Now, as a liberal I can understand that idea.  I don’t really have a problem with it.  If we can lower the cost of middle class vacations I’m supportive, since we’ve done everything else we can to prevent them from owning vacation cabins, having enough time off from work to have vacations, etc.

But as a radical conservative Doherty is supposed to want people to pay for their own way.  For him to support additional funding for beaches is a betrayal of everything he professes to believe.

And that’s because he doesn’t believe it.  He’s a faux populist, someone who pretends to be about the little guy but is really about wrench throwing.  He knows that we’re going to fund beach recovery so he decides to bitch about something else.

Comments (4)

  1. William Weber (WjcW)

    What about places like Bay Head/Manaloking, one of which had a neat policy of no parking for more than 2 hours between the hours of 8 and 5, effectively, limiting access to the beach. You believe that’s fair?

    Secondly, the beach fees were supposed to be dedicated to ‘maintaining the beach,’ but yet mayors, already coming out against this idea, have said, ‘Property taxes will skyrocket’… how could this be unless they were using the beach fees to fund other town related servcies?

    And lastly, some people ARE partly responsible for the damage to their own houses… those who fought the creation of the dunes that saved many neighborhoods. I can think of one couple who was recently awarded some $300,000 by a court because the town “obscured their view of the ocean with a dune” and lowered the value of the property. I hope they have the descency to give the money back now, realizing that a beach property without a direct ocean view is worth more than one washed into the ocean.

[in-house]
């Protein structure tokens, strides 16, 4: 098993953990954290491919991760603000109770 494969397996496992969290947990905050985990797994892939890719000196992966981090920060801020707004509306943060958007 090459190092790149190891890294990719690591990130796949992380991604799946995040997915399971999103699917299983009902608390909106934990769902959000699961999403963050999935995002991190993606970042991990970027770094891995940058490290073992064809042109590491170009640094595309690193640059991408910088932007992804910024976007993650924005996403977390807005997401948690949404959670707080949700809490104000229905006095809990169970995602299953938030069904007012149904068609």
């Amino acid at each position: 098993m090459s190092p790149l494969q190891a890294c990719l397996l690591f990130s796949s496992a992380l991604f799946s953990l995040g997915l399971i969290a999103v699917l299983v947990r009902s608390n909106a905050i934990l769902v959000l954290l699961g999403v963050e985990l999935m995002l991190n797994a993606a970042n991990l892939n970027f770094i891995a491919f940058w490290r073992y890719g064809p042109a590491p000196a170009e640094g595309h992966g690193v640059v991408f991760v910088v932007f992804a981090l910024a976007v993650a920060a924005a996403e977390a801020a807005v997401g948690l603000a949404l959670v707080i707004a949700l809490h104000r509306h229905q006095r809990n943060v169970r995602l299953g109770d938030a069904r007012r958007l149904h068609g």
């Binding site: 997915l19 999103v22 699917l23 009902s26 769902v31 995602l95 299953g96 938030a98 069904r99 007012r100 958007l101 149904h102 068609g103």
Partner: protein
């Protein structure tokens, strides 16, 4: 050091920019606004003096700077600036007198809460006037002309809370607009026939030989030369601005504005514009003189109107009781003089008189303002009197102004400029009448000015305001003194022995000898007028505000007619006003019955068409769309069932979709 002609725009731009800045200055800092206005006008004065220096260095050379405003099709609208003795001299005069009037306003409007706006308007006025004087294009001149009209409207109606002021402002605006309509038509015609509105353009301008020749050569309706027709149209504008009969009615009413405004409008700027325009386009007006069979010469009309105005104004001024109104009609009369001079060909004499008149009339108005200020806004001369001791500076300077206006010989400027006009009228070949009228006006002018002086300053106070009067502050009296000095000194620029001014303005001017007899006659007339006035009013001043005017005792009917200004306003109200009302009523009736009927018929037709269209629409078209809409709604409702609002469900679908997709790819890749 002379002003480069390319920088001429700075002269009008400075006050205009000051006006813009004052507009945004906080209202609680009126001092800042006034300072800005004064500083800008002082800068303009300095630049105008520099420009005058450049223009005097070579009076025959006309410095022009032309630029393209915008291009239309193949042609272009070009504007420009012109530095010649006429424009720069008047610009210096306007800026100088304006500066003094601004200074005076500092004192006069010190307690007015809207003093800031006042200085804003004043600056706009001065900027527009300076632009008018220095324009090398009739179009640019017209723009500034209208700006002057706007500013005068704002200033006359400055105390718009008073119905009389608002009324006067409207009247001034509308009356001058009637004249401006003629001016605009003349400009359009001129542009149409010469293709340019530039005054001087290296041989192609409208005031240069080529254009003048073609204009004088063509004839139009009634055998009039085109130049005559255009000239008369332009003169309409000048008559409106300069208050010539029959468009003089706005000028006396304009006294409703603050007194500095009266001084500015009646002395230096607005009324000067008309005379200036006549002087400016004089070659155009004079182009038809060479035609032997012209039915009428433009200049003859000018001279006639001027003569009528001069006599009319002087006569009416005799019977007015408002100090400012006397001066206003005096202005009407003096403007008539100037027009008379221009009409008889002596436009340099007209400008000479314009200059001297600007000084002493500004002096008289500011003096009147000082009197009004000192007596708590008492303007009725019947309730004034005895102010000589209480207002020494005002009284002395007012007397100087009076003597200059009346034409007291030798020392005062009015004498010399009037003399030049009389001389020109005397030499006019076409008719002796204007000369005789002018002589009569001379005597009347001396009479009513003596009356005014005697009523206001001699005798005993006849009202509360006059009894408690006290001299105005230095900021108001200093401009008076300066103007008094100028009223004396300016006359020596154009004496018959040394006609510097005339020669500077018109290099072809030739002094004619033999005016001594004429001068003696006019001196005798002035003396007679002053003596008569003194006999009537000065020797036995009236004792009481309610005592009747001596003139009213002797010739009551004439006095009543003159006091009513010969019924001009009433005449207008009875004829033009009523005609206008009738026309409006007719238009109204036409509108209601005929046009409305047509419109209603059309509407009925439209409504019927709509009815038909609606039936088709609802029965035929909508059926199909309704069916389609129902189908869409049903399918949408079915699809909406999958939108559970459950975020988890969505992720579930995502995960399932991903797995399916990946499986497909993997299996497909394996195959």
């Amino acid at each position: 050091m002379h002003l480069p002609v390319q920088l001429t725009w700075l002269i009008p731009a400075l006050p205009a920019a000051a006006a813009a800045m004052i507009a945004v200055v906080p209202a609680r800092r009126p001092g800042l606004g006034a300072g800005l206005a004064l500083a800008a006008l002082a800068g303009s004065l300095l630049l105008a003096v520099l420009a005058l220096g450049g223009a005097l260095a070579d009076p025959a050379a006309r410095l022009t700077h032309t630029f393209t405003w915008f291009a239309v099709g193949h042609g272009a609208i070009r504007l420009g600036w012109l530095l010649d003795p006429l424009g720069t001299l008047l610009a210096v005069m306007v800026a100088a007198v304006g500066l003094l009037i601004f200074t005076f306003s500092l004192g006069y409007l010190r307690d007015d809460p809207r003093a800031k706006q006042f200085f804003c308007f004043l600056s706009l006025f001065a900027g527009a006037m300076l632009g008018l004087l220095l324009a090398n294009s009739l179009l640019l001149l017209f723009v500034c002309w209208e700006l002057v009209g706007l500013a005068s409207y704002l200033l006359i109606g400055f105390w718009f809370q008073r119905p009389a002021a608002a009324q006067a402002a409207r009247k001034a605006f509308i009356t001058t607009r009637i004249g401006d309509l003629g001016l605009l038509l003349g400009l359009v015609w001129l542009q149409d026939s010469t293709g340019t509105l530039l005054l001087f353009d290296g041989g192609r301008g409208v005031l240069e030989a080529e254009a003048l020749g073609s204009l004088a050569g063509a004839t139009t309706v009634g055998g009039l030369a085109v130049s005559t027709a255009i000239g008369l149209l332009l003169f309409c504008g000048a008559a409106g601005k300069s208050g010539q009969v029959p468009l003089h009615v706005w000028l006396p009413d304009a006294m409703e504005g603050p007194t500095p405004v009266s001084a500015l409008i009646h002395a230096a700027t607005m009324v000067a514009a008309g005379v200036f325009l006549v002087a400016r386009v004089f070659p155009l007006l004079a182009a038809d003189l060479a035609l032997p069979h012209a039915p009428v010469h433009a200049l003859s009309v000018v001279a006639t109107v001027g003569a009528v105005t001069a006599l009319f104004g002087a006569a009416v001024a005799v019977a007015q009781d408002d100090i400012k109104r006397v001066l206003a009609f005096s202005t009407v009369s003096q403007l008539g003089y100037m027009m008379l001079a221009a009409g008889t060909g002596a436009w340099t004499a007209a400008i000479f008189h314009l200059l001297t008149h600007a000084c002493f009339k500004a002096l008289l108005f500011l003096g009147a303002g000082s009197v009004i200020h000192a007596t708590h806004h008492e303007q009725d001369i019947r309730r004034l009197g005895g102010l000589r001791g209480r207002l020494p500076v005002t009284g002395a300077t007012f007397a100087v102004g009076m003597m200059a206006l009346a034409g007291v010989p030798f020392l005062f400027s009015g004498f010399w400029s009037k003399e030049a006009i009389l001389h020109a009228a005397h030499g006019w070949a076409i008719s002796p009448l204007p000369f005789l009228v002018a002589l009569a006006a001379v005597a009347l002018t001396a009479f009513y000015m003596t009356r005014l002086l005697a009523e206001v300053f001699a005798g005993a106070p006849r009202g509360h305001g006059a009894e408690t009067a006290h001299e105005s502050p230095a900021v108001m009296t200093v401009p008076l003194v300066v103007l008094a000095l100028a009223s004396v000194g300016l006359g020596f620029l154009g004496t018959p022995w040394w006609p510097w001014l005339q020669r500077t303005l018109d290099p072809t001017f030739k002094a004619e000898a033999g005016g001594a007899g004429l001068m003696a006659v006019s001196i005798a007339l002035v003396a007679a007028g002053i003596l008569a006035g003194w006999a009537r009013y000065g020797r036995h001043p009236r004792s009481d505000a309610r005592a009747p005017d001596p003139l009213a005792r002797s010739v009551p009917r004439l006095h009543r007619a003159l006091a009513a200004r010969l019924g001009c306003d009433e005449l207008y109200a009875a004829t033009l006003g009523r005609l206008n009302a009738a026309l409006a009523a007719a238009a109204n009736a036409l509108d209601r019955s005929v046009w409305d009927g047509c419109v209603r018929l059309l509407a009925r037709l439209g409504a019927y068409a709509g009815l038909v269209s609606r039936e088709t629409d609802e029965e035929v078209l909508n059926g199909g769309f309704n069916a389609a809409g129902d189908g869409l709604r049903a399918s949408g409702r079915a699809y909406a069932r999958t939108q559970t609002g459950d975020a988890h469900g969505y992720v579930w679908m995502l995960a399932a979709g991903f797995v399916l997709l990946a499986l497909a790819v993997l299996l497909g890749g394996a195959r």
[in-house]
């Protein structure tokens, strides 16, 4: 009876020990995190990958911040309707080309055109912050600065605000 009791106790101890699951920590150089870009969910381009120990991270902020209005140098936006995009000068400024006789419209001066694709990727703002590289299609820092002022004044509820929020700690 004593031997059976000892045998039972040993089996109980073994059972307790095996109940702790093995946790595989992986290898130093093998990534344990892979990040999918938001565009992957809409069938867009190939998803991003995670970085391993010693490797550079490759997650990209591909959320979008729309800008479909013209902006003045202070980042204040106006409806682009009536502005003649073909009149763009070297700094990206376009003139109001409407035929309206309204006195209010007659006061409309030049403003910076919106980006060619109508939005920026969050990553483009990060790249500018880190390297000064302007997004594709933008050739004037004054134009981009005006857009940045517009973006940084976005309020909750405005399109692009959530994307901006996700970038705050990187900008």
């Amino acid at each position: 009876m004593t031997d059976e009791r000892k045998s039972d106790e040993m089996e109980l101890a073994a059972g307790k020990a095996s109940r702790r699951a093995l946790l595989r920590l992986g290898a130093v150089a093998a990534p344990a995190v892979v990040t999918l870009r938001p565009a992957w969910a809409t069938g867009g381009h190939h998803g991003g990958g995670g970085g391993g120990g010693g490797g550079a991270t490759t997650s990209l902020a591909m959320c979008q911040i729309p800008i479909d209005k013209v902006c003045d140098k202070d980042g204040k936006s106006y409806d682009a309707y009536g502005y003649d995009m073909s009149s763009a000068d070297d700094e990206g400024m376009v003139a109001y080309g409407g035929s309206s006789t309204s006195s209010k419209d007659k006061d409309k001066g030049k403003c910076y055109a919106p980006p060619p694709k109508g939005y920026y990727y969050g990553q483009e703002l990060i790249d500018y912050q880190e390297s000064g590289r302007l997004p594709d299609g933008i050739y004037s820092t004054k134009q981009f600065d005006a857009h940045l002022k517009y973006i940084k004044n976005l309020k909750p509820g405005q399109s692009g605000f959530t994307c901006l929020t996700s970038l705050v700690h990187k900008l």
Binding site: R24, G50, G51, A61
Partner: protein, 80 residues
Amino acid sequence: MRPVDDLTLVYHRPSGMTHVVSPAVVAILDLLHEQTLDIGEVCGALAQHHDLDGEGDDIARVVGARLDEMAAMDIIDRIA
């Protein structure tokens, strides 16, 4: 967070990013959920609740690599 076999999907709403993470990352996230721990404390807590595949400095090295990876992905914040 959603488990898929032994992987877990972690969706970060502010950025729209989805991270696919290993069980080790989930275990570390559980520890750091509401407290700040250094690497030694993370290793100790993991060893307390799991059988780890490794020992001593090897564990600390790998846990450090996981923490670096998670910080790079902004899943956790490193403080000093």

2. rubydede

    I believe that most conservities feel that if the gov’t takes their tax monies they should receive something back in the form of storm aid …

  3. Bertin Lefkovic

    As the rebuilding of the Jersey Shore begins, I think that we need to reconsider more than just whether or not towns should be allowed to charge prohibitive fees for beach access.  We need to take a long look at the hyperprivatization of one of our state’s most important natural resources and be forward thinking, especially since it is unlikely that Sandy is going to be the last major storm to hit our area.

    As the 2013 gubernatorial and legislative election season gets underway, I think that a prerequisite for anyone running for election or re-election to any state-level office should be a vision for how the Jersey Shore can be best utilized by as many of our residents as possible, how to rebuild private and public property in a way that enables more rather than less people to access this area and live there on anything ranging from a brief visit to year-round, how to enhance commercial activity in the area in such a way that it benefits everyone, but does not irreparably harm the natural quality of the region, and for all of us to be as prepared as possible for future storms of this and even greater magnitude.

  4. carolh

    ACCESS period. There should be more access points to the beaches. Some towns are trying to restrict them by adding an access only every HALF mile instead of every quarter mile.  We ALL own the ocean and the parts of the shore touched by it. Turning our beaches into what were becoming essentially gated communities is wrong and we need to address that.